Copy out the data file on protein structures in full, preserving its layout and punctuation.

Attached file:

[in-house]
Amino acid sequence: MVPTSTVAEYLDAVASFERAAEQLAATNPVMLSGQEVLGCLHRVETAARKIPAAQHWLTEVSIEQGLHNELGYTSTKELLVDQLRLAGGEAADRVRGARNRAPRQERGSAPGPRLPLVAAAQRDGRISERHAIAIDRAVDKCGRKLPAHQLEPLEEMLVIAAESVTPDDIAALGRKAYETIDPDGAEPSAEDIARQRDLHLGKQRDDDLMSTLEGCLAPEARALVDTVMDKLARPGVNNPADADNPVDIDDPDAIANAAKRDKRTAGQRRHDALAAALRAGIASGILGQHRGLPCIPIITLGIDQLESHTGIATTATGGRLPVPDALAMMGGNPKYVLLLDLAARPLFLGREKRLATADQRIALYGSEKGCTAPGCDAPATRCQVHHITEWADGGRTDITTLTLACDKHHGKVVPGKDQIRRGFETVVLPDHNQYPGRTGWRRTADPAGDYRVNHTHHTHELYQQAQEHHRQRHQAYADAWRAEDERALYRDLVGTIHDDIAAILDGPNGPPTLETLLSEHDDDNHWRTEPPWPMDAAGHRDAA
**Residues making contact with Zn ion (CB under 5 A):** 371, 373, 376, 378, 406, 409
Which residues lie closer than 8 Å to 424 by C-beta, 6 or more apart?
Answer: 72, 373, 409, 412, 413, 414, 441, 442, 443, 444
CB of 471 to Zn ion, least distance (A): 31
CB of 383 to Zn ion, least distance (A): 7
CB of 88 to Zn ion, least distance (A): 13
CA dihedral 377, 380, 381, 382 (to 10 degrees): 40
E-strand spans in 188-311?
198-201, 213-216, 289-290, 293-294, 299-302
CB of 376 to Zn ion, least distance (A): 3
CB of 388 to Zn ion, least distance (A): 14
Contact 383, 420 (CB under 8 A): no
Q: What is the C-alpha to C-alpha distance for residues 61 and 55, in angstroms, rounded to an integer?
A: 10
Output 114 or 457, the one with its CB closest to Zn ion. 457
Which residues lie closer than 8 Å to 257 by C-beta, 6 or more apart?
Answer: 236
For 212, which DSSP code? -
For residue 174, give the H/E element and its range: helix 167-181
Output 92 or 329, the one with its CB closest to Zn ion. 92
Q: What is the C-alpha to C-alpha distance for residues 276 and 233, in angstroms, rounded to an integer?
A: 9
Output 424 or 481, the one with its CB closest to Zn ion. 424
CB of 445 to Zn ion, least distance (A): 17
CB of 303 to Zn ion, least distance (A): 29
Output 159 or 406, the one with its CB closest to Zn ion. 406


[in-house]
Amino acid sequence: MVPTSTVAEYLDAVASFERAAEQLAATNPVMLSGQEVLGCLHRVETAARKIPAAQHWLTEVSIEQGLHNELGYTSTKELLVDQLRLAGGEAADRVRGARNRAPRQERGSAPGPRLPLVAAAQRDGRISERHAIAIDRAVDKCGRKLPAHQLEPLEEMLVIAAESVTPDDIAALGRKAYETIDPDGAEPSAEDIARQRDLHLGKQRDDDLMSTLEGCLAPEARALVDTVMDKLARPGVNNPADADNPVDIDDPDAIANAAKRDKRTAGQRRHDALAAALRAGIASGILGQHRGLPCIPIITLGIDQLESHTGIATTATGGRLPVPDALAMMGGNPKYVLLLDLAARPLFLGREKRLATADQRIALYGSEKGCTAPGCDAPATRCQVHHITEWADGGRTDITTLTLACDKHHGKVVPGKDQIRRGFETVVLPDHNQYPGRTGWRRTADPAGDYRVNHTHHTHELYQQAQEHHRQRHQAYADAWRAEDERALYRDLVGTIHDDIAAILDGPNGPPTLETLLSEHDDDNHWRTEPPWPMDAAGHRDAA
**Residues making contact with Zn ion (CB under 5 A):** 371, 373, 376, 378, 406, 409
Which residues lie closer than 8 Å to 424 by C-beta, 6 or more apart?
Answer: 72, 373, 409, 412, 413, 414, 441, 442, 443, 444
CB of 471 to Zn ion, least distance (A): 31
CB of 383 to Zn ion, least distance (A): 7
CB of 88 to Zn ion, least distance (A): 13
CA dihedral 377, 380, 381, 382 (to 10 degrees): 40
E-strand spans in 188-311?
198-201, 213-216, 289-290, 293-294, 299-302
CB of 376 to Zn ion, least distance (A): 3
CB of 388 to Zn ion, least distance (A): 14
Contact 383, 420 (CB under 8 A): no
Q: What is the C-alpha to C-alpha distance for residues 61 and 55, in angstroms, rounded to an integer?
A: 10
Output 114 or 457, the one with its CB closest to Zn ion. 457
Which residues lie closer than 8 Å to 257 by C-beta, 6 or more apart?
Answer: 236
For 212, which DSSP code? -
For residue 174, give the H/E element and its range: helix 167-181
Output 92 or 329, the one with its CB closest to Zn ion. 92
Q: What is the C-alpha to C-alpha distance for residues 276 and 233, in angstroms, rounded to an integer?
A: 9
Output 424 or 481, the one with its CB closest to Zn ion. 424
CB of 445 to Zn ion, least distance (A): 17
CB of 303 to Zn ion, least distance (A): 29
Output 159 or 406, the one with its CB closest to Zn ion. 406